There have been unsubstantiated rumors that presumptive No. 1 overall pick Caleb Williams would prefer not to be drafted by the Bears dating back to November.
Those rumors only heated up last week when FOX Sports' Colin Cowherd said he heard that Williams' camp would prefer the USC quarterback to be drafted by the Washington Commanders, who own the No. 2 overall pick. Cowherd walked that back a day later when he said Williams camp called him to set the record straight and that they are not "anit-Bear."
The noise around Williams and the idea that he will try to maneuver away from Chicago will only get louder as the 2024 NFL Draft nears. Such is life in the 24/7 content age.
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But USC head coach Lincoln Riley, who recruited Williams to Oklahoma out of the Washington D.C. area and brought him to USC when he switched jobs in 2022, believes there's nothing to the grumbles about Williams trying to avoid the Bears.
"I think it's a total smokescreen," Riley told "The Pat McAfee Show" on Monday. "I think it's people playing the game. Like knowing Caleb, location-wise, I don't think he cares one bit about where he's at. All of these franchises are in really good cities. There's advantages to anywhere that you could go. He wants to win. He wants to be a guy that's playing [in the Super Bowl]. I think for him, it's less about location and it's more about getting in the right situation where he can continue to develop and do the things that he needs to do to help a franchise be successful.
"That's it. He's got a one-track mind that way. No, I don't think there's any truth to that all. The guy wants to win. He's a competitor. He'd love to go first overall. Who wouldn't? But at the end of the day, it's about winning for him and nothing else."
Historically, the Bears have been a place where quarterback careers go to die.
But general manager Ryan Poles has built a roster with young, ascending talent that includes an elite wide receiver in DJ Moore and a blossoming tight end in Cole Kmet. The Bears also own the No. 9 overall pick and could use that to add another elite weapon to aid Williams in his development.
First-overall picks normally land in moribund situations and are tasked with elevating the dregs of the league with one hand tied behind their back. That won't be the case for Williams in Chicago. He'll have weapons, an improving offensive line, and a defense that came on strong at the end of the 2023 season.
Conversations with people in league circles back up what Riley has said. As of now, there's no sense that Williams won't want to play in Chicago or that he wants to pull an Eli Manning/John Elway and force his way elsewhere.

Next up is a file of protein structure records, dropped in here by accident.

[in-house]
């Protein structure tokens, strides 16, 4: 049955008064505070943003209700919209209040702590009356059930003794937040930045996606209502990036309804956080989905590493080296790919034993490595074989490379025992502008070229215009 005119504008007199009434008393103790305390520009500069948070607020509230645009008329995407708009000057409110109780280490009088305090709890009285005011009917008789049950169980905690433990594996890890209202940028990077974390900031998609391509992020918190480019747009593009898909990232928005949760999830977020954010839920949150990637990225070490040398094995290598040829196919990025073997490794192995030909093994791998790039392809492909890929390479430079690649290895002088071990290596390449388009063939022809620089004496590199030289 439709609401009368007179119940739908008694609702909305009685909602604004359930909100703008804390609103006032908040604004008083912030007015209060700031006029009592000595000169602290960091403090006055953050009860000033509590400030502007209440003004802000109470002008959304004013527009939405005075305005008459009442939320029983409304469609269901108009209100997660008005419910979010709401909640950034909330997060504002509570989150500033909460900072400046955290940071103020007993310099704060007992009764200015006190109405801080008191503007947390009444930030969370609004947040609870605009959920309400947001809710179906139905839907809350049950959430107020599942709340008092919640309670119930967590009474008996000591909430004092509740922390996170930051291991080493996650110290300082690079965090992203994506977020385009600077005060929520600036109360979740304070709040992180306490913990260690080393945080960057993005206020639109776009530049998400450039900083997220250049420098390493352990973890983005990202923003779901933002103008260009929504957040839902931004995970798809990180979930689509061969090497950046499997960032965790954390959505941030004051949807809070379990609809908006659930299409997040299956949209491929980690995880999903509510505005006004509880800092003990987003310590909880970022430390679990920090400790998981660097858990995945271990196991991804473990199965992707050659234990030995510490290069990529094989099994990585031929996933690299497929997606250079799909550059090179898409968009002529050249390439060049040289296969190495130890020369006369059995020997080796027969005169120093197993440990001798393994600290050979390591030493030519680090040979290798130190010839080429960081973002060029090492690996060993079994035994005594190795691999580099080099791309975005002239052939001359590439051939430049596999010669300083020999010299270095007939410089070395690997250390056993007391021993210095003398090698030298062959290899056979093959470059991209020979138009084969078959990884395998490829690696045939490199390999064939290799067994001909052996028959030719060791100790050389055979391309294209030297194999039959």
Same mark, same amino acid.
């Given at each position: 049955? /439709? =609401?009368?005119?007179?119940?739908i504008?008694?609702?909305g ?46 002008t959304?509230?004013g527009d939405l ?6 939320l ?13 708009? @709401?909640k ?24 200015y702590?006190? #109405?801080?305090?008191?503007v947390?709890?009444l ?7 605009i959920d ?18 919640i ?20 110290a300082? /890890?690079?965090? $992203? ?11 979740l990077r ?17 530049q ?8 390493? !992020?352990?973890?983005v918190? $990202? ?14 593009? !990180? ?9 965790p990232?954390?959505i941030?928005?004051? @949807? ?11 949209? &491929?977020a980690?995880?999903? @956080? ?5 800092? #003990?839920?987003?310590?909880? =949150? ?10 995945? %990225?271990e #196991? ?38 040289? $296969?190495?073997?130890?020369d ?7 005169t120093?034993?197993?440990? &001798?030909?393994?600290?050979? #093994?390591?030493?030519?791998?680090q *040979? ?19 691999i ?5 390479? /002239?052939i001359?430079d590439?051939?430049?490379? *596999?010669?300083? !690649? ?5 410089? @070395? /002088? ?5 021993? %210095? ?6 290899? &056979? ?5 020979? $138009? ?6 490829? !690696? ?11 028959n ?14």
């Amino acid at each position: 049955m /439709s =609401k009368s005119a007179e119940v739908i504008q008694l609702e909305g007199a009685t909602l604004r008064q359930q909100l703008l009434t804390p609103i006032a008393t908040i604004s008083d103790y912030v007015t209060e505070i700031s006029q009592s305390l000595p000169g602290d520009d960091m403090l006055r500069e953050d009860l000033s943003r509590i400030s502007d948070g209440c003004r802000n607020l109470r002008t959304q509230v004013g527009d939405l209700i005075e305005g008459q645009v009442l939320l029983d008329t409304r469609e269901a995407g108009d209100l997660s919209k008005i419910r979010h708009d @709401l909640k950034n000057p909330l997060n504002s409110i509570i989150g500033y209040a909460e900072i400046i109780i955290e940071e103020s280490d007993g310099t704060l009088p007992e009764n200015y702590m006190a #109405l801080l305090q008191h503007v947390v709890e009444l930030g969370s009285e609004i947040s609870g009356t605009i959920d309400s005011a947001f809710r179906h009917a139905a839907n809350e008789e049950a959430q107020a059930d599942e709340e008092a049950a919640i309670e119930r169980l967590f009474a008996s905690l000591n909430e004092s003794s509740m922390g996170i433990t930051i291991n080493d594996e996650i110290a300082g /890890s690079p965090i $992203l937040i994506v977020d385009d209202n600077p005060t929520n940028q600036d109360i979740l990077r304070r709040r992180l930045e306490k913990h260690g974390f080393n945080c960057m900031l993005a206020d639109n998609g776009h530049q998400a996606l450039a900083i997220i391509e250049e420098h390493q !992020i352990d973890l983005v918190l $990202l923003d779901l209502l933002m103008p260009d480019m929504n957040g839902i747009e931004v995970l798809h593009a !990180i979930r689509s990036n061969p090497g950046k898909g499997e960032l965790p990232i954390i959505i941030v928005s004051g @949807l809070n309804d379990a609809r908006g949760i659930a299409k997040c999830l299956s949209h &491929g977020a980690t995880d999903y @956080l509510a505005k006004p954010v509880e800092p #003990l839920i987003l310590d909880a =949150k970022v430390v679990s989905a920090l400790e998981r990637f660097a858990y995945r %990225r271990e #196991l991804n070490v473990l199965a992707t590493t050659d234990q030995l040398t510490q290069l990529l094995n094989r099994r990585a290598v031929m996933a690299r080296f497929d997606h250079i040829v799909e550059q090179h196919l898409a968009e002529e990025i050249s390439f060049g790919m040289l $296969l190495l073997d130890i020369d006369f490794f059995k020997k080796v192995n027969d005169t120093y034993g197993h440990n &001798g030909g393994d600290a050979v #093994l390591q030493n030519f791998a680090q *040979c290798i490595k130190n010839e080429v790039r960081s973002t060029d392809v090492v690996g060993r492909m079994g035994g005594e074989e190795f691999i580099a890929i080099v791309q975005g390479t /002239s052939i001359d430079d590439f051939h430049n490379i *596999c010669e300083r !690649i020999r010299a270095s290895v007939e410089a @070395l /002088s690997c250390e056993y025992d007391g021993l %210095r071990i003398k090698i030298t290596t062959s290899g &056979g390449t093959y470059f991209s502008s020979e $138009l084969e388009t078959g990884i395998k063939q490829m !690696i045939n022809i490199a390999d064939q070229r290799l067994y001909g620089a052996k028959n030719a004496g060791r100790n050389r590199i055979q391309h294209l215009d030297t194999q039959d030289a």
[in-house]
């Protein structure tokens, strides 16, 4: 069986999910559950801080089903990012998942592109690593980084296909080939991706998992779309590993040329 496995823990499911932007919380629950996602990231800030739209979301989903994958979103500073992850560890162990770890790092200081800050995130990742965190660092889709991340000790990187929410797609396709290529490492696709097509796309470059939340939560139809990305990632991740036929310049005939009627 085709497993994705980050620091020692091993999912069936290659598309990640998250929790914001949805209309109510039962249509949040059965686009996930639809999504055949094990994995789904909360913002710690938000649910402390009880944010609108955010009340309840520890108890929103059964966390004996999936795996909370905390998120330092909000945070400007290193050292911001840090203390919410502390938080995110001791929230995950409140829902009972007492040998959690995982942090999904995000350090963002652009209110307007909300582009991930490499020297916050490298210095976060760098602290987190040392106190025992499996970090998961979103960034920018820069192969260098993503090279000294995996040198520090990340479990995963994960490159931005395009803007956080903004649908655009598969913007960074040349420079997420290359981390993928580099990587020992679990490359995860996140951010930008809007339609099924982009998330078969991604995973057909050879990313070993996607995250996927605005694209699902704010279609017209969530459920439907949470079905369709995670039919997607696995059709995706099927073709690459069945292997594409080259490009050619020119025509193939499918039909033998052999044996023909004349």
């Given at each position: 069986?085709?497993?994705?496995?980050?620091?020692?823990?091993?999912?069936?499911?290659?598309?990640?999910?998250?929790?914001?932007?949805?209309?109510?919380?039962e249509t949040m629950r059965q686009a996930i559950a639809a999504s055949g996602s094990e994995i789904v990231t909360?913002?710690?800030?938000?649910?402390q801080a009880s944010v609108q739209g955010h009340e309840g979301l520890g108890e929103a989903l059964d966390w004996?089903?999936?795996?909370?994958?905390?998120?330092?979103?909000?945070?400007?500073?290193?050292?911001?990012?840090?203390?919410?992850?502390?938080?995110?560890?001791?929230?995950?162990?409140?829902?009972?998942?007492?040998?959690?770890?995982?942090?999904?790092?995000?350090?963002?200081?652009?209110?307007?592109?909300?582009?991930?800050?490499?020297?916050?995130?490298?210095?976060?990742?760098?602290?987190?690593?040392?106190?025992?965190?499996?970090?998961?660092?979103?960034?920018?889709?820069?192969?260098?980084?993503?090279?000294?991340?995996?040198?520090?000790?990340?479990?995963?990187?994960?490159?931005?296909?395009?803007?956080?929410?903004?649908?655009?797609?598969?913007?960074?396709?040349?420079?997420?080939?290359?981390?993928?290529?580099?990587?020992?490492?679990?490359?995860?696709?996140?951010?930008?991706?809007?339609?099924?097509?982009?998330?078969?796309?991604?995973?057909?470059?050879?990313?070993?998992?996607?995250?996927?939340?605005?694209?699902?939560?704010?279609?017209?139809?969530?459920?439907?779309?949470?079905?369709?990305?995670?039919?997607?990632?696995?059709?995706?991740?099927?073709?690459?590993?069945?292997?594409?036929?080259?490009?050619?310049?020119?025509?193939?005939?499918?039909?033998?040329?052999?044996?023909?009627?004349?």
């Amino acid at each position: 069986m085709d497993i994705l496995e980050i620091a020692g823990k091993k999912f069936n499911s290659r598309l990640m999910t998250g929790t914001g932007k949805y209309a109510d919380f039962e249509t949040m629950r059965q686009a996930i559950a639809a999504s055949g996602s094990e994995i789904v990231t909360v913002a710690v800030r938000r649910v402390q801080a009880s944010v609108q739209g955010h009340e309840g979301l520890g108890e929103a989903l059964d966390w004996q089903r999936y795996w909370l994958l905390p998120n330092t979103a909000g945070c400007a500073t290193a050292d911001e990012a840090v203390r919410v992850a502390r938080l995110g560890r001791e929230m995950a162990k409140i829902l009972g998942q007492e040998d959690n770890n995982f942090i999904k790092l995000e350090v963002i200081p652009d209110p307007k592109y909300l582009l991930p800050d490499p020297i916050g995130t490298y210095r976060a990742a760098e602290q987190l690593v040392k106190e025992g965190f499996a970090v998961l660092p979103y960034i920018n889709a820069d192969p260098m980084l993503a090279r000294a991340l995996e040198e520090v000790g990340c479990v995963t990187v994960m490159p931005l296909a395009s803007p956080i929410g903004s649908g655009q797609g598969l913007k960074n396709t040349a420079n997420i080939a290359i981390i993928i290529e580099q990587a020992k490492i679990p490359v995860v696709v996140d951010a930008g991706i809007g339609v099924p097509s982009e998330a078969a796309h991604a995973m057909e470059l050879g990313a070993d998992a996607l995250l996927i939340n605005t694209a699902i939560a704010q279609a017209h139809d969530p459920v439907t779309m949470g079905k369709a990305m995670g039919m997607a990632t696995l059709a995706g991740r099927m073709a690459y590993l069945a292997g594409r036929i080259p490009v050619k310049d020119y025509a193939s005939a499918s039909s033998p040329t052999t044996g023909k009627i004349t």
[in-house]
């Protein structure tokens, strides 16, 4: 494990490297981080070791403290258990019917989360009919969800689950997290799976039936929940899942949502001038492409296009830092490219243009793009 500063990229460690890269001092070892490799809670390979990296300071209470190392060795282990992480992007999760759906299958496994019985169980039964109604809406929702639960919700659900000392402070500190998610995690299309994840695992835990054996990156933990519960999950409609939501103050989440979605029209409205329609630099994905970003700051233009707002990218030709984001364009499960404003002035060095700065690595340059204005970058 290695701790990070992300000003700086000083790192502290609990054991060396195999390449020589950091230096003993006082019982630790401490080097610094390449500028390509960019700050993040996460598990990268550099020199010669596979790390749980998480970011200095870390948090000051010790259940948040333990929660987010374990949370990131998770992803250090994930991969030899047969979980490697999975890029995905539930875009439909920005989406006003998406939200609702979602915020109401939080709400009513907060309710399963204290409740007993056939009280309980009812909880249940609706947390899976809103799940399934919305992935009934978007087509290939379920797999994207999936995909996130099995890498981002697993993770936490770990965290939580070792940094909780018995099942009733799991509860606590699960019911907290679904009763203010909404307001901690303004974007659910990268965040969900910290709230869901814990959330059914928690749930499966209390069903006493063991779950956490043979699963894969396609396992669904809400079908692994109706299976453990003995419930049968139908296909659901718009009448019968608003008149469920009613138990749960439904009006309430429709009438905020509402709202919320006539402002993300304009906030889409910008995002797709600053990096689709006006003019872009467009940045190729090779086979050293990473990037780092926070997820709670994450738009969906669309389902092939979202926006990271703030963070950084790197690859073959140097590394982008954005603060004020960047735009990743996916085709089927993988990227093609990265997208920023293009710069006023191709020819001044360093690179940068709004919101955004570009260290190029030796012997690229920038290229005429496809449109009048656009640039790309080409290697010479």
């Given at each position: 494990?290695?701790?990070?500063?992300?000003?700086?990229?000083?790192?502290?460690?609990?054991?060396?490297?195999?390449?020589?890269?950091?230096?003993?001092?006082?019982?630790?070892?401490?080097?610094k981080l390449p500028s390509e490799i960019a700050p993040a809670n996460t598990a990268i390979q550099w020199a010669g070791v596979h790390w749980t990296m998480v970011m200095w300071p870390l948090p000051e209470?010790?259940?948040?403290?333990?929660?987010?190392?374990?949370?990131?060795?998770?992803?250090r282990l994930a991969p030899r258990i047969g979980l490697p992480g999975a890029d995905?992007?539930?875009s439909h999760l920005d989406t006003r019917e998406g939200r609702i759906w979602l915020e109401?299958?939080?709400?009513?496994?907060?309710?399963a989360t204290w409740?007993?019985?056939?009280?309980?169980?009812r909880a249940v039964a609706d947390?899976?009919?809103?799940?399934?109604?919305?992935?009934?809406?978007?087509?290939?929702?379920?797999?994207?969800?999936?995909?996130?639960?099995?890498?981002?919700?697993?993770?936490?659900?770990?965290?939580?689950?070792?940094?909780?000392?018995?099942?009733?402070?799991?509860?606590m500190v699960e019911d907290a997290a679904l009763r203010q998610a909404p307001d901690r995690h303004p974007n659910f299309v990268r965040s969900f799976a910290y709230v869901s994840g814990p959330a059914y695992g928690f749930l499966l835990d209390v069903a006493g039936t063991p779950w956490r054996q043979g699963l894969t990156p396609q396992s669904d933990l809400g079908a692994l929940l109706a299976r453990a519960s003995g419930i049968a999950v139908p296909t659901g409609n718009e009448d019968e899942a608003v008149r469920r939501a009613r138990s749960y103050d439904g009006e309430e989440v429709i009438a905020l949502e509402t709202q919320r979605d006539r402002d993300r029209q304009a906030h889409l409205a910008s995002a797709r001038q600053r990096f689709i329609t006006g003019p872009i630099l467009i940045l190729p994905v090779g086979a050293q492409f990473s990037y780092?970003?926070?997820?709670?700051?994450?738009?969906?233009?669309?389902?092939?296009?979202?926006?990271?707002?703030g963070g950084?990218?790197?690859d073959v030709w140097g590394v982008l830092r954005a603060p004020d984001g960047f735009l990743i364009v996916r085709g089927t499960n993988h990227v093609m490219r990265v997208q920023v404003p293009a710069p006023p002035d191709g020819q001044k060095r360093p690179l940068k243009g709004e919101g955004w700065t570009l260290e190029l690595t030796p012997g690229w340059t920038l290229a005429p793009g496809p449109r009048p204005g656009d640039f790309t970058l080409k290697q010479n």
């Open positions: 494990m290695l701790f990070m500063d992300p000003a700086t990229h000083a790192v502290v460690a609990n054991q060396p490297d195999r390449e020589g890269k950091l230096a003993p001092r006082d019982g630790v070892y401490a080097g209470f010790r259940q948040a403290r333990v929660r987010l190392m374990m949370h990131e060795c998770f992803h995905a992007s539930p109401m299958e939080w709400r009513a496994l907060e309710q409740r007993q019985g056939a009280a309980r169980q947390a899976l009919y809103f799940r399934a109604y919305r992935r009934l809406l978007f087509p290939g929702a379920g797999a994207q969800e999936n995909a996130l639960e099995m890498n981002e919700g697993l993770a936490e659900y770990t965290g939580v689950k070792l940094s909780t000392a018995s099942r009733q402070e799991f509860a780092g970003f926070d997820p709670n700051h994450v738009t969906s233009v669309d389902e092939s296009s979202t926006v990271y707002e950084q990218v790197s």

The Bears' decision to hire Shane Waldron as their offensive coordinator likely aided in assuaging some concerns the Williams camp might have about the Bears. Waldron has worked with the QB Collective, a group that Williams is training with in the lead-up to the draft. Waldron also runs an offense that Williams is comfortable with and is tailored to make life easy on a young quarterback.
As of Feb. 6, the Bears selecting Williams with the No. 1 pick should be viewed as the most likely scenario come draft day.
But that won't stop the pre-draft rumor mill, which got ramped up when the Washington Commanders hired Kliff Kingsbury as their offensive coordinator over the weekend. Kingsbury spent the last year as USC's senior offensive analyst and quarterbacks coach. He has a good relationship with Williams, and Williams' camp trusts Kingsbury to develop Williams into the star quarterback his talent suggests.
"They have a great relationship," Riley told "Good Morning Football" about Kingsbury and Williams. "It was awesome for Caleb to have Kliff.
"In a perfect world would I love a reunion for them? That would be great. But we all know a lot would transpire between now and the draft."
The Bears hold all the cards in this scenario. Poles will get whichever quarterback he wants to lead his rebuild going forward, be it Williams, Justin Fields, or North Carolina's Drake Maye.
Teams can try to flood the pre-draft space about Williams being anti-Bear to make him fall, but there's no substance behind those rumblings at the moment.
Riley, who knows Williams better than most, says the 2022 Heisman Trophy winner just wants to win.
The Bears have the best foundation of any team at the top of the draft. Williams won't be joining the 0-16 Detroit Lions or 0-16 Cleveland Browns. He'll be landing on a team that believes it can compete for an NFC North title in 2024.
One that should have all the pieces needed to give him a soft NFL landing and then supply his development with the rocket fuel needed to reach the stratospheric heights his talent suggests.